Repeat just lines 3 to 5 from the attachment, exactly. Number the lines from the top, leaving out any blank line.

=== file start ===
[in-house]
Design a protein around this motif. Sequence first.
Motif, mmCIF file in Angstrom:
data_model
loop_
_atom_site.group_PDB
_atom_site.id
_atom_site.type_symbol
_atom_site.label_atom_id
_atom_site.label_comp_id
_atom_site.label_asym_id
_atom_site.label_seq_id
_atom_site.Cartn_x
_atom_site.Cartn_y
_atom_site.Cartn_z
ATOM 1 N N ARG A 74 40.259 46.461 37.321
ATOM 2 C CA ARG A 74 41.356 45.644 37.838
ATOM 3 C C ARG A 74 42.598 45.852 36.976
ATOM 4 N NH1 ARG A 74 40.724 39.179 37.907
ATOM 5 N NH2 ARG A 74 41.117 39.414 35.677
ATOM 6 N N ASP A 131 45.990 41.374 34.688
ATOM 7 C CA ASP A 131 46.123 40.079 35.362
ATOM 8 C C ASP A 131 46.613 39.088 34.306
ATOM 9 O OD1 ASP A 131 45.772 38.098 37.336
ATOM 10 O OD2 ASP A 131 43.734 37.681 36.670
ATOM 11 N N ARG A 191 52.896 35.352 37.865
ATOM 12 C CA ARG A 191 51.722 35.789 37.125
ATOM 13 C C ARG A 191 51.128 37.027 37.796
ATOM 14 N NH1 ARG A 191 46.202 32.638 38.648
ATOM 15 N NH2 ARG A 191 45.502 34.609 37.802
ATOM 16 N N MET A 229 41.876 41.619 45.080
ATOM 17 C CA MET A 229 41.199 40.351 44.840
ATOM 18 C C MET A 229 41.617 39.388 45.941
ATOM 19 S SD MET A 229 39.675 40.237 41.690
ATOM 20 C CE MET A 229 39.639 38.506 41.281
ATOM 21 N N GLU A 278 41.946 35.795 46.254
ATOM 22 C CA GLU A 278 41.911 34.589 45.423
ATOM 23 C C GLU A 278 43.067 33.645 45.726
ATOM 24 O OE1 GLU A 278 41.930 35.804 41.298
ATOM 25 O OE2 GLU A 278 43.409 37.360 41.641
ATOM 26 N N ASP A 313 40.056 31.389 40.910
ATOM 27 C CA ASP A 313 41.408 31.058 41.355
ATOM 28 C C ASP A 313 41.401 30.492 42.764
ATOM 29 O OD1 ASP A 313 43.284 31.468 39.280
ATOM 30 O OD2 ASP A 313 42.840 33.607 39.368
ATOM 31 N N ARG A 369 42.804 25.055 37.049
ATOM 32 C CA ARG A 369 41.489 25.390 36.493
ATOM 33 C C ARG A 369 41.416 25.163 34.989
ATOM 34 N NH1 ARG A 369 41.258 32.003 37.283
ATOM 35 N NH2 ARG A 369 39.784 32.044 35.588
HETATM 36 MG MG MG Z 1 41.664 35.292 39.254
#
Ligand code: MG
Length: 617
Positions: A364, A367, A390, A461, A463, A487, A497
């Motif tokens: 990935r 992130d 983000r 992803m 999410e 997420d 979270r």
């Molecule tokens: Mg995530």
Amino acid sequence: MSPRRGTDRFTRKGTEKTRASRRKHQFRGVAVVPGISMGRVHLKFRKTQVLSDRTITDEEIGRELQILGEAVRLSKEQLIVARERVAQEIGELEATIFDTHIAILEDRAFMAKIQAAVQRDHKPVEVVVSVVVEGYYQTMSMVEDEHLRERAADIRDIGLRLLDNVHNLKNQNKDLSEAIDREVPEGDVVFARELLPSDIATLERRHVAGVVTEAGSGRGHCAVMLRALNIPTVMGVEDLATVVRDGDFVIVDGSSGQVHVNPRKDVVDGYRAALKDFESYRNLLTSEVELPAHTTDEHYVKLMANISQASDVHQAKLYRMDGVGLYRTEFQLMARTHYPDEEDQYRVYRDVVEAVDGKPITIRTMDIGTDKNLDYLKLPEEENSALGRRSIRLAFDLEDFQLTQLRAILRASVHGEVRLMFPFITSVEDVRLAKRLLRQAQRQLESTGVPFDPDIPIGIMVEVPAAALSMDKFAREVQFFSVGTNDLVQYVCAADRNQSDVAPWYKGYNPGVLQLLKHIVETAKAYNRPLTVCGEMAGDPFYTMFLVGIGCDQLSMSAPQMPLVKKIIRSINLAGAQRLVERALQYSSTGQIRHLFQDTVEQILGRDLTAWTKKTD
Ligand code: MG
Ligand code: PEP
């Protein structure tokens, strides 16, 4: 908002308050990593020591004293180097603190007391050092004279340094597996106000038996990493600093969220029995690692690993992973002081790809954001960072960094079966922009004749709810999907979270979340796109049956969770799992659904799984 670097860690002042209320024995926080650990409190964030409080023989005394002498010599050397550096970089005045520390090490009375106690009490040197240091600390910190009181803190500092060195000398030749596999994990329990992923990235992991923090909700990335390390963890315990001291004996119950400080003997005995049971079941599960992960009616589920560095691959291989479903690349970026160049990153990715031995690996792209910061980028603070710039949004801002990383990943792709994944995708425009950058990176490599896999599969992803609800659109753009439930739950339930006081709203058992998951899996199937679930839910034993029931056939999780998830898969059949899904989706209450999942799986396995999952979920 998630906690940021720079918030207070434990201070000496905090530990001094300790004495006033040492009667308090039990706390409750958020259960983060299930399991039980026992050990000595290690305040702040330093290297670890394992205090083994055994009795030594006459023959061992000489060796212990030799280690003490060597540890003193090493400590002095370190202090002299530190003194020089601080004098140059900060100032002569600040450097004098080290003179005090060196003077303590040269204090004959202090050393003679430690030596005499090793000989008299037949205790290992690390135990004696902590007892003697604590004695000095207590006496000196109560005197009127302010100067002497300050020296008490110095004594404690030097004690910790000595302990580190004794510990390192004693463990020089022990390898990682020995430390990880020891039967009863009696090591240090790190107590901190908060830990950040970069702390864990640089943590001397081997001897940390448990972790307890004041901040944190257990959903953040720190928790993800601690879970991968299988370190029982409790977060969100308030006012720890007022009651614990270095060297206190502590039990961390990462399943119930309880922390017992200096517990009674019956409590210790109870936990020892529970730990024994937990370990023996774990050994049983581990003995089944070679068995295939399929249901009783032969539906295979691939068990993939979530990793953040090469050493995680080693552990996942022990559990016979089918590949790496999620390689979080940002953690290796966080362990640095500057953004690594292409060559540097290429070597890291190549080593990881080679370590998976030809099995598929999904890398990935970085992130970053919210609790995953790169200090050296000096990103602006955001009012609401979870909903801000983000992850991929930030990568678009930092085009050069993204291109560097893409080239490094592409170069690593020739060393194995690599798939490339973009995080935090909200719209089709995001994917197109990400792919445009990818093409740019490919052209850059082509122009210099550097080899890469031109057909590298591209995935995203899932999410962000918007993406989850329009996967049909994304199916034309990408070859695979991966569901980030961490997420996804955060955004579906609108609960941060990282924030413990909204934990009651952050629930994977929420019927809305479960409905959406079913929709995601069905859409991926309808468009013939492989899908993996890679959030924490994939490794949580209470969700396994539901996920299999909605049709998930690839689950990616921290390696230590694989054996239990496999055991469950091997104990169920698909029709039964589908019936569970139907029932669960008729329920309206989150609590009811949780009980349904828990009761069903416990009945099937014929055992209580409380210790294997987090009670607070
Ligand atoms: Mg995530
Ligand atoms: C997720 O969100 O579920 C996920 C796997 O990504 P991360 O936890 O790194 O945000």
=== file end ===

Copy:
Motif, mmCIF file in Angstrom:
data_model
loop_